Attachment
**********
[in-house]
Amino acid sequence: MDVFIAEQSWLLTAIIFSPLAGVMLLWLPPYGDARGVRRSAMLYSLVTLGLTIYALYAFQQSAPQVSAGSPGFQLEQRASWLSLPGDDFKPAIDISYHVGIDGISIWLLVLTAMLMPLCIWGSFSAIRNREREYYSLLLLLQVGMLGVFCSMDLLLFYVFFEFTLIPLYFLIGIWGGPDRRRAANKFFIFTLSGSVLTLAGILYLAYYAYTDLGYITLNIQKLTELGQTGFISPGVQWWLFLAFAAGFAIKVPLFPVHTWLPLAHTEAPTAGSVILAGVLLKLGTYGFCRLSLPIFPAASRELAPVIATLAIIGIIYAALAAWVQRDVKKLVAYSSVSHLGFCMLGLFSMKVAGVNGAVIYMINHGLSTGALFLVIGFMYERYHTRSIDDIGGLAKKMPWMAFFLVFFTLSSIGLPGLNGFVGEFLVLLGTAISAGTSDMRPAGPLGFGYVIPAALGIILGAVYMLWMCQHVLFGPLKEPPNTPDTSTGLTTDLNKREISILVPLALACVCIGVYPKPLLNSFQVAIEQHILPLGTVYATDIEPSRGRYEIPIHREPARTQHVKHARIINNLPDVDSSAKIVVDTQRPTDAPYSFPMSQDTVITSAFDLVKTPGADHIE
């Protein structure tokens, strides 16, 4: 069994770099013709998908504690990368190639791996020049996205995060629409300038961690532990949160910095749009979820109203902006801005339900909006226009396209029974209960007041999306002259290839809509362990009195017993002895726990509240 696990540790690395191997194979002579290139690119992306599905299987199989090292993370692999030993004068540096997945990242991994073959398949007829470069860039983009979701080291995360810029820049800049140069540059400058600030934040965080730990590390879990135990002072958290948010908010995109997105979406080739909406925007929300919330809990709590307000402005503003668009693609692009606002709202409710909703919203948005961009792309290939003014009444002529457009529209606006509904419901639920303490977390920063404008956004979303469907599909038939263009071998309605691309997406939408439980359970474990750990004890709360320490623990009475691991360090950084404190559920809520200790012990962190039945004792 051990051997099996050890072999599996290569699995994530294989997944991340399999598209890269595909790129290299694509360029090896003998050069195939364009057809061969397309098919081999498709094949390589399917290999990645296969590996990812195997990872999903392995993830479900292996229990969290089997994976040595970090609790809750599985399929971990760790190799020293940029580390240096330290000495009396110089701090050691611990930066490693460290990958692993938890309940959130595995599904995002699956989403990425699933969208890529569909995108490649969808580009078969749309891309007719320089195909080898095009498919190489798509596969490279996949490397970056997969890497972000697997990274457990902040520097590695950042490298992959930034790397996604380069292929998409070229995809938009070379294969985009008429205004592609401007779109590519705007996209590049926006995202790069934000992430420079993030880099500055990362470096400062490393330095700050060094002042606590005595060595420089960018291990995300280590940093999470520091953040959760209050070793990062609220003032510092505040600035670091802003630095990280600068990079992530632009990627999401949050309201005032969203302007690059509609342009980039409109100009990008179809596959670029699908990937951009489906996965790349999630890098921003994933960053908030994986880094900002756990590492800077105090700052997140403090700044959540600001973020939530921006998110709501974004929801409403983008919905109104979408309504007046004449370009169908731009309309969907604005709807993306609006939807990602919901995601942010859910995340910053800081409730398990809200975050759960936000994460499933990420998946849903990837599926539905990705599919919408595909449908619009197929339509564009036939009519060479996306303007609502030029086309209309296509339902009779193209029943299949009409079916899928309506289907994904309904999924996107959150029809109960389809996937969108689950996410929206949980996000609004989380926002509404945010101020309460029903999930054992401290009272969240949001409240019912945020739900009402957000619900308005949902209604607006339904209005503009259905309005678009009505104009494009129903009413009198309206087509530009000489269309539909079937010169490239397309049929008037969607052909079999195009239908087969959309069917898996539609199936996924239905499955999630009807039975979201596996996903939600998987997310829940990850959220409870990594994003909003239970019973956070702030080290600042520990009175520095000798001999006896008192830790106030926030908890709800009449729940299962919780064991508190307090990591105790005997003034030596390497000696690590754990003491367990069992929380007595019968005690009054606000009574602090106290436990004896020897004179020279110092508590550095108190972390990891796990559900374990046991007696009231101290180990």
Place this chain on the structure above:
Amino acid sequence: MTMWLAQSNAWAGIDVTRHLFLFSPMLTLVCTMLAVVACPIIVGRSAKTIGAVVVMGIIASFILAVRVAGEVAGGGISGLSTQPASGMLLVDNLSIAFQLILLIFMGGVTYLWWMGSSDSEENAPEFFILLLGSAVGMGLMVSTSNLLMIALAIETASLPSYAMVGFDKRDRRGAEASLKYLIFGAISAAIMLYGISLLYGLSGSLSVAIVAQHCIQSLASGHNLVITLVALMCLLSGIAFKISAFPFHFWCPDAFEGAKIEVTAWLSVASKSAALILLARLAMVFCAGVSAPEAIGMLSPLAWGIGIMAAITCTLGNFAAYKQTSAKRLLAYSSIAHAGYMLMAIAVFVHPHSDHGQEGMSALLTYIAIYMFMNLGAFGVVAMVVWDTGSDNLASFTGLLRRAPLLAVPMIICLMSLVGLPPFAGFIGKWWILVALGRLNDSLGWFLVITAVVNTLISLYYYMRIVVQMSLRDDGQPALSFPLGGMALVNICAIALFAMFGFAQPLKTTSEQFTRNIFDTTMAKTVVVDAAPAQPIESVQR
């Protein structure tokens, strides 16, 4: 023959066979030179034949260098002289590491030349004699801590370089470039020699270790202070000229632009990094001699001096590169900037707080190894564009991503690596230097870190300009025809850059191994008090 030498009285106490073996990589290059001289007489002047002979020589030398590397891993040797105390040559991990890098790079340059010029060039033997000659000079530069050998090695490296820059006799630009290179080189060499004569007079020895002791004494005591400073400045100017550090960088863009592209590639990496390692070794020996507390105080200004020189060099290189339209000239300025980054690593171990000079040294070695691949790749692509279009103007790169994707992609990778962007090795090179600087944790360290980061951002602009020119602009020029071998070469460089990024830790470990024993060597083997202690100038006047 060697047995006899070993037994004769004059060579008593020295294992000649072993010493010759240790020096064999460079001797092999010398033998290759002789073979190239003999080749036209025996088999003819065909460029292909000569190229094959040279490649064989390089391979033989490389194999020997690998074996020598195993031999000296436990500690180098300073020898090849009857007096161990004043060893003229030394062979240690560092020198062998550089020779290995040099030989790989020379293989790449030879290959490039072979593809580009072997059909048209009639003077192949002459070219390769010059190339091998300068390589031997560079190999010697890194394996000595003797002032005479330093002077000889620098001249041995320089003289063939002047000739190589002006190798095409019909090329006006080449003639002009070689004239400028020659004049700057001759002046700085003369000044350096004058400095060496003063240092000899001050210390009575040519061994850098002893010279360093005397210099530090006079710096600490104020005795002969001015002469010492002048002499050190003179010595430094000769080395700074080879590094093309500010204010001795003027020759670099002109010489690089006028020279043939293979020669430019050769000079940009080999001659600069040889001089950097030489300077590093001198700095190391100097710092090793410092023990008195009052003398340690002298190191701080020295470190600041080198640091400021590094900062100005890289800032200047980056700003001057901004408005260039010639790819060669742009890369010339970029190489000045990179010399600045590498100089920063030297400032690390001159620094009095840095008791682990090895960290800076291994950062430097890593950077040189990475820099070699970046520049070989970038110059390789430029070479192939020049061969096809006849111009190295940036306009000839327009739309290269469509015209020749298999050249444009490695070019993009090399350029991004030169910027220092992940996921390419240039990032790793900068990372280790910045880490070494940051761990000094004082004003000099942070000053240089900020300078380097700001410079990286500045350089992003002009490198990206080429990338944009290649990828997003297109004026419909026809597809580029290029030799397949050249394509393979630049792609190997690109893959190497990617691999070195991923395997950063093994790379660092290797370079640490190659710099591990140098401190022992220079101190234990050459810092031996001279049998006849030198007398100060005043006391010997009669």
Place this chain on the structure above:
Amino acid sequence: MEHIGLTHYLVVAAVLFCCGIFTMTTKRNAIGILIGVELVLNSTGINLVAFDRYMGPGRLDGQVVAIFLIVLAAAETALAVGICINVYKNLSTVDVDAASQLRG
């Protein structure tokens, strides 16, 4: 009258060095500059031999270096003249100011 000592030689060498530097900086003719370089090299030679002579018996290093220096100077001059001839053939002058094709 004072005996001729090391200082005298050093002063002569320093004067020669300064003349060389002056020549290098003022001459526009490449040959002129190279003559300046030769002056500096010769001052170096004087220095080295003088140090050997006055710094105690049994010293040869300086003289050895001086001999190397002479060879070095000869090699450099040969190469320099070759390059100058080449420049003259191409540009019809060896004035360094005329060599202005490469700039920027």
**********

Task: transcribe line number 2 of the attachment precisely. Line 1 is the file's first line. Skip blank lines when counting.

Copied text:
Amino acid sequence: MDVFIAEQSWLLTAIIFSPLAGVMLLWLPPYGDARGVRRSAMLYSLVTLGLTIYALYAFQQSAPQVSAGSPGFQLEQRASWLSLPGDDFKPAIDISYHVGIDGISIWLLVLTAMLMPLCIWGSFSAIRNREREYYSLLLLLQVGMLGVFCSMDLLLFYVFFEFTLIPLYFLIGIWGGPDRRRAANKFFIFTLSGSVLTLAGILYLAYYAYTDLGYITLNIQKLTELGQTGFISPGVQWWLFLAFAAGFAIKVPLFPVHTWLPLAHTEAPTAGSVILAGVLLKLGTYGFCRLSLPIFPAASRELAPVIATLAIIGIIYAALAAWVQRDVKKLVAYSSVSHLGFCMLGLFSMKVAGVNGAVIYMINHGLSTGALFLVIGFMYERYHTRSIDDIGGLAKKMPWMAFFLVFFTLSSIGLPGLNGFVGEFLVLLGTAISAGTSDMRPAGPLGFGYVIPAALGIILGAVYMLWMCQHVLFGPLKEPPNTPDTSTGLTTDLNKREISILVPLALACVCIGVYPKPLLNSFQVAIEQHILPLGTVYATDIEPSRGRYEIPIHREPARTQHVKHARIINNLPDVDSSAKIVVDTQRPTDAPYSFPMSQDTVITSAFDLVKTPGADHIE